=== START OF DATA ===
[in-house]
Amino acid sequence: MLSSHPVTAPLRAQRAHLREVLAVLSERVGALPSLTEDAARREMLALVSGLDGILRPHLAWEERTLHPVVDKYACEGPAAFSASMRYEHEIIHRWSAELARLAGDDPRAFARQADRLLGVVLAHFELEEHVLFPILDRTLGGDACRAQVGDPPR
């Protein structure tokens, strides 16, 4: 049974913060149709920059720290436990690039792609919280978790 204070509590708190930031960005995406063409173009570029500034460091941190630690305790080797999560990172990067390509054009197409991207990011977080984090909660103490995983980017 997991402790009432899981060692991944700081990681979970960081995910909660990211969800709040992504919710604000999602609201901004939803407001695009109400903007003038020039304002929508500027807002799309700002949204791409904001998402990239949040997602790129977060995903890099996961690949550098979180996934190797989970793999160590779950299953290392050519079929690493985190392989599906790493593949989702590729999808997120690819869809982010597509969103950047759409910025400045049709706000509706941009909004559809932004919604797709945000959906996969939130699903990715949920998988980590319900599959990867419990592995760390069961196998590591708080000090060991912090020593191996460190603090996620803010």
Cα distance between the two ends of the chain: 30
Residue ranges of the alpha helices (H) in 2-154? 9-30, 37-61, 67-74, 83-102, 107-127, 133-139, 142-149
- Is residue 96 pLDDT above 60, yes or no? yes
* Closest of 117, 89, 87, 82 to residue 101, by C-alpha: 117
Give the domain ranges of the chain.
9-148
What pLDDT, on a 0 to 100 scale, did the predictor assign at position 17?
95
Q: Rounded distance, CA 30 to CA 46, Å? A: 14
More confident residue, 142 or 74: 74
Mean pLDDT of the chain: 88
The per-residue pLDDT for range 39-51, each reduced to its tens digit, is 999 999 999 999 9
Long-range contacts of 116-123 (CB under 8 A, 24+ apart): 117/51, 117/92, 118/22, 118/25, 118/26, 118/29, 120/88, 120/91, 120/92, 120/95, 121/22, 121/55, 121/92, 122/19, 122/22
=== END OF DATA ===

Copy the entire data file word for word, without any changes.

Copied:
[in-house]
Amino acid sequence: MLSSHPVTAPLRAQRAHLREVLAVLSERVGALPSLTEDAARREMLALVSGLDGILRPHLAWEERTLHPVVDKYACEGPAAFSASMRYEHEIIHRWSAELARLAGDDPRAFARQADRLLGVVLAHFELEEHVLFPILDRTLGGDACRAQVGDPPR
């Protein structure tokens, strides 16, 4: 049974913060149709920059720290436990690039792609919280978790 204070509590708190930031960005995406063409173009570029500034460091941190630690305790080797999560990172990067390509054009197409991207990011977080984090909660103490995983980017 997991402790009432899981060692991944700081990681979970960081995910909660990211969800709040992504919710604000999602609201901004939803407001695009109400903007003038020039304002929508500027807002799309700002949204791409904001998402990239949040997602790129977060995903890099996961690949550098979180996934190797989970793999160590779950299953290392050519079929690493985190392989599906790493593949989702590729999808997120690819869809982010597509969103950047759409910025400045049709706000509706941009909004559809932004919604797709945000959906996969939130699903990715949920998988980590319900599959990867419990592995760390069961196998590591708080000090060991912090020593191996460190603090996620803010």
Cα distance between the two ends of the chain: 30
Residue ranges of the alpha helices (H) in 2-154? 9-30, 37-61, 67-74, 83-102, 107-127, 133-139, 142-149
- Is residue 96 pLDDT above 60, yes or no? yes
* Closest of 117, 89, 87, 82 to residue 101, by C-alpha: 117
Give the domain ranges of the chain.
9-148
What pLDDT, on a 0 to 100 scale, did the predictor assign at position 17?
95
Q: Rounded distance, CA 30 to CA 46, Å? A: 14
More confident residue, 142 or 74: 74
Mean pLDDT of the chain: 88
The per-residue pLDDT for range 39-51, each reduced to its tens digit, is 999 999 999 999 9
Long-range contacts of 116-123 (CB under 8 A, 24+ apart): 117/51, 117/92, 118/22, 118/25, 118/26, 118/29, 120/88, 120/91, 120/92, 120/95, 121/22, 121/55, 121/92, 122/19, 122/22